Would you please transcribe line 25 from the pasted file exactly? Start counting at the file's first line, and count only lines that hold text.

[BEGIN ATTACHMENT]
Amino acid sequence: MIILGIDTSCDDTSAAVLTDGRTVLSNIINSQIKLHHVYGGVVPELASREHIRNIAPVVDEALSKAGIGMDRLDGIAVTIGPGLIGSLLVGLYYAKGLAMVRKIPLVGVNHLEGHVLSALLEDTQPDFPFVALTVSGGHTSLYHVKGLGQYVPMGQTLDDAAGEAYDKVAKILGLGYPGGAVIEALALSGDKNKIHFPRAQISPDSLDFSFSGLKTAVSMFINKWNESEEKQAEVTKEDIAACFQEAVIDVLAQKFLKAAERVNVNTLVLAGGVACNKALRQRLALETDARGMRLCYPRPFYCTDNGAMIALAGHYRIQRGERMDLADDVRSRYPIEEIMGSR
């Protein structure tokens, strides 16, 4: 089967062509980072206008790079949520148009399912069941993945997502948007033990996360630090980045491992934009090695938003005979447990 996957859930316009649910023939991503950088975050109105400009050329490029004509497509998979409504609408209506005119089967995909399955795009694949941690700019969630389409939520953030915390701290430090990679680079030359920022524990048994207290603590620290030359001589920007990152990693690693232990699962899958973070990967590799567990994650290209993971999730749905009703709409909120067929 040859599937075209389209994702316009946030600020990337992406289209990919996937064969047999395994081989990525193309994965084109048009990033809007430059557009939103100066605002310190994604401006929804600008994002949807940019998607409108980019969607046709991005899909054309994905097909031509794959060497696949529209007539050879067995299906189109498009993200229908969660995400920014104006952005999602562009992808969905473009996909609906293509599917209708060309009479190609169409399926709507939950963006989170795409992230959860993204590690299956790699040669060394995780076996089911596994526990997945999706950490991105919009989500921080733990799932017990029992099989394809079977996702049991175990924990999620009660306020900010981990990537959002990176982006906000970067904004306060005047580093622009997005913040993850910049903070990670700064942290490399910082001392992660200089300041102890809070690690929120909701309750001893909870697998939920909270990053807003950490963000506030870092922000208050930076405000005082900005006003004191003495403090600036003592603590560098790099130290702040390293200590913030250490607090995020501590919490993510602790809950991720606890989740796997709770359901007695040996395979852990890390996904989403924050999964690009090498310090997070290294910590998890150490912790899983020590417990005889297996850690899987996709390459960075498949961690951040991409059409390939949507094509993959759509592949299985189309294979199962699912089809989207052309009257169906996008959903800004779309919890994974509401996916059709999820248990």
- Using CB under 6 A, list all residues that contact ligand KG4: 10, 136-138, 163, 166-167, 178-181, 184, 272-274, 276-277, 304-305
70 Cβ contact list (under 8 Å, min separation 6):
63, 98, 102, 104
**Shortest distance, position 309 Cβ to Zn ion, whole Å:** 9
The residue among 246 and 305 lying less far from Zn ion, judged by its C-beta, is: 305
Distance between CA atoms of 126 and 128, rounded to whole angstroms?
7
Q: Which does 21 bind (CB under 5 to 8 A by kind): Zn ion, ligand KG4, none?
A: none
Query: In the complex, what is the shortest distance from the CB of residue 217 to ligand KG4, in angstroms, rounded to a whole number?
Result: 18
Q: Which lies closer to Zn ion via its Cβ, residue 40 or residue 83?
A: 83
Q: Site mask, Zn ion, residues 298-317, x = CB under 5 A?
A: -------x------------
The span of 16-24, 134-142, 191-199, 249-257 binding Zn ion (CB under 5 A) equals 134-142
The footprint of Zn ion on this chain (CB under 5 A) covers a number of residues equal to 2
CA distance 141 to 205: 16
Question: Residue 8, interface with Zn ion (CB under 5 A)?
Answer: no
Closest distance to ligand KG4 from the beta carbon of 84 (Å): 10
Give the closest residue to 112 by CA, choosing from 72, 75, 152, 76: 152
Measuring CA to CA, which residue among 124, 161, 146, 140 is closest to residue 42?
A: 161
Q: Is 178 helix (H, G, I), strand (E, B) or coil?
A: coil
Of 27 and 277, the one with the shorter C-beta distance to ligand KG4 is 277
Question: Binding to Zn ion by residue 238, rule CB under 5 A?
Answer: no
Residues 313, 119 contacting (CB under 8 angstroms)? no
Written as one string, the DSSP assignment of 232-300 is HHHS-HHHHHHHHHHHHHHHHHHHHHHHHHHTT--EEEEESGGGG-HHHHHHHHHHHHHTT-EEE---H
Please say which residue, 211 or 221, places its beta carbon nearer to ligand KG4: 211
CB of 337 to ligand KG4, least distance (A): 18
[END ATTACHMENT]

Measuring CA to CA, which residue among 124, 161, 146, 140 is closest to residue 42?